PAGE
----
The Centre for European Regulation has a good podcast on what Europe might look like after Brexit here:
Why is anyone shocked at the political news from France this morning? Everyone is saying that the FN got a boost from the November 13 atrocities, and perhaps they did, but there are far longer run forces at play here.
One is the corruption and sleaze that characterises Parisian politics. But there are also economic factors that are having a predictable impact on attitudes (and if they are predictable, then economists don’t have the right to ignore them). Globalisation creates losers as well as winners, for example, and if no-one really cares about the losers, and we just pay lip service to the problem, then it is predictable that there will be a backlash. The Euro has not only locked in a set of distorted real exchange rates, but a macroeconomic policy mix with a pronounced deflationary bias. If times remain tough enough for long enough, and politicians hear your pain but don’t actually do anything about it, some people will eventually respond by voting for candidates who reject existing constraints on policy making. “Europe” is increasingly experienced as a set of constraints preventing governments from doing what their people want them to do, rather than as a means of empowering governments to collectively solve problems.
So why would anyone be surprised that Mme Le Pen has done so well; and is it not likely at this stage (though 2017 is a long way away) that absent major policy shifts she will come first in the first round of the Presidential election? And let there be no mistake: if she actually won the second round, either then or in 2022, this would mean the end of the EU as we currently know it.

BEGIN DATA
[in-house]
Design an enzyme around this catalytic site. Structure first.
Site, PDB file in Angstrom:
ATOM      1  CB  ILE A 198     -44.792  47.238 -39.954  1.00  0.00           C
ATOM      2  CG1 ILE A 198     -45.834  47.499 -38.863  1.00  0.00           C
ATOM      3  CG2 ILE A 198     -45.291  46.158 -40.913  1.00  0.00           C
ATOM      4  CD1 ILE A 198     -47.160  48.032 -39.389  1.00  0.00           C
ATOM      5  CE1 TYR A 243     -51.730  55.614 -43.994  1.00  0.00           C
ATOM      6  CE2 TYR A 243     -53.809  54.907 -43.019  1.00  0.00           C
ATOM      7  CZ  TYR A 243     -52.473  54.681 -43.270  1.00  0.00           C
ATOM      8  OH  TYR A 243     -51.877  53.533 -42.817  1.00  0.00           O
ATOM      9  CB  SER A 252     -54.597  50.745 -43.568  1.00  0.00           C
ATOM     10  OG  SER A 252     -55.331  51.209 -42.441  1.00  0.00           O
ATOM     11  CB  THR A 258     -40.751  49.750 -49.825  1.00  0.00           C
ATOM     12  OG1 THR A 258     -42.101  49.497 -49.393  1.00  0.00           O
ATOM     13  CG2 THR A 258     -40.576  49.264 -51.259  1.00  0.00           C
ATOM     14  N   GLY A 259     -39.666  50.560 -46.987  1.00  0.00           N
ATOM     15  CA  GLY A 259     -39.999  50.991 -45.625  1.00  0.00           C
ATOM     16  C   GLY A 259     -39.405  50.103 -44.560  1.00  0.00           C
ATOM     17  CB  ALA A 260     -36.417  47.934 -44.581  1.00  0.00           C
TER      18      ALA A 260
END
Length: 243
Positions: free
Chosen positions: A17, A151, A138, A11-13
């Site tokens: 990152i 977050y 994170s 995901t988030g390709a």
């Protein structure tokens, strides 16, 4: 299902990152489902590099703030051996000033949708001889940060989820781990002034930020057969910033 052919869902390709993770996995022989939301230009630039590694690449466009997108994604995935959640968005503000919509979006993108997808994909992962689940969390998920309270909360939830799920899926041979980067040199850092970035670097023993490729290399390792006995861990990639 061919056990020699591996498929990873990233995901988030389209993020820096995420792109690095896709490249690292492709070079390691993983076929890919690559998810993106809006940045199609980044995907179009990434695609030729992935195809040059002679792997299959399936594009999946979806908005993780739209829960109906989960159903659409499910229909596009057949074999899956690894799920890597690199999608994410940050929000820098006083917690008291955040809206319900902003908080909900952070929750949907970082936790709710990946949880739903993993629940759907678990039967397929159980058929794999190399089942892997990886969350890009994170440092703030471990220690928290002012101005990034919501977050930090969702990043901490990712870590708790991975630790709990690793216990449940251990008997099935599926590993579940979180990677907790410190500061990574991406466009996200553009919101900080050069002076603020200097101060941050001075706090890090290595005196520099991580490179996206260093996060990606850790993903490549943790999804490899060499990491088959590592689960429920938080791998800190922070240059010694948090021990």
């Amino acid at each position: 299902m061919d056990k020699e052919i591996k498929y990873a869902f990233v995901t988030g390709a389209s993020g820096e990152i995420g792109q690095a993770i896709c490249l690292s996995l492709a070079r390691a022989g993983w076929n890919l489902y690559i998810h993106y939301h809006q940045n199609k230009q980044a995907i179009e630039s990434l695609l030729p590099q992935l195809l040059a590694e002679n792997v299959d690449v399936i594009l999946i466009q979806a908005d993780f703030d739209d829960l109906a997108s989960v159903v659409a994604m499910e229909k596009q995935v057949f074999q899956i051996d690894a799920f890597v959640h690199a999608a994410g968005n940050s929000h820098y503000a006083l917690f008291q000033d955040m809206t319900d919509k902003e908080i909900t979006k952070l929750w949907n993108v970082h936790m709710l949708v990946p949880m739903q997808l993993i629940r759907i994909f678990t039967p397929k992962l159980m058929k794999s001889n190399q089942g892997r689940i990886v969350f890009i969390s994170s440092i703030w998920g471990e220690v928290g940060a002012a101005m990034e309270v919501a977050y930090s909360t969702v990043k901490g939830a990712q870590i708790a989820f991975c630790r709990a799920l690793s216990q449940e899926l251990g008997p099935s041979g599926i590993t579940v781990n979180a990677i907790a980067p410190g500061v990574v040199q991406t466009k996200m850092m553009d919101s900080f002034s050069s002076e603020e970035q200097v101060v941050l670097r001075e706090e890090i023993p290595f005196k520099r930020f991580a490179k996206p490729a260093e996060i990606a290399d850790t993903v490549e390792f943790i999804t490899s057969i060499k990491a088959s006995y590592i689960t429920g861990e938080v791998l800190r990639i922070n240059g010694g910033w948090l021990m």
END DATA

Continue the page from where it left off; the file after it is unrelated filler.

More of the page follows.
What is so frustrating about all this is that it has been so predictable. Here are some links dating back to 2010, a year that risks being viewed by future historians as a fateful one:
And me, with apologies for the self-indulgence, writing for Eurointelligence.
I am pretty sure Martin Wolf was saying similar things back then, and that many others were too.
The good news is that, as recent Irish experience shows, the populist vote stops rising when the economy recovers. (The decline in the independent vote share is quite striking, and SF have clearly stopped rising. And no, I’m not saying that anyone is like the French National Front, but support for these parties is the closest Irish equivalent to the French anti-establishment protest vote that is benefiting the FN so much.) And 2017, and even more so 2022, are a long way away. But Eurozone monetary and fiscal policy, and social policy too I would think, need to start taking into account the fact that the entire European project, the good bits as well as the harmful bits, is now facing an existential threat.
Update: Paul Krugman weighs in here.
Paul Krugman suggests that exchange rates might matter for economic performance here.
On Ireland and exchange rates, one could add that, because of our large trade exposure to non-Eurozone markets, we benefitted from an unusually large nominal depreciation in 2014-15 (which translated into a substantial real depreciation) (slides 8 and 9 here). I doubt this is unrelated to the employment boom we have enjoyed since then.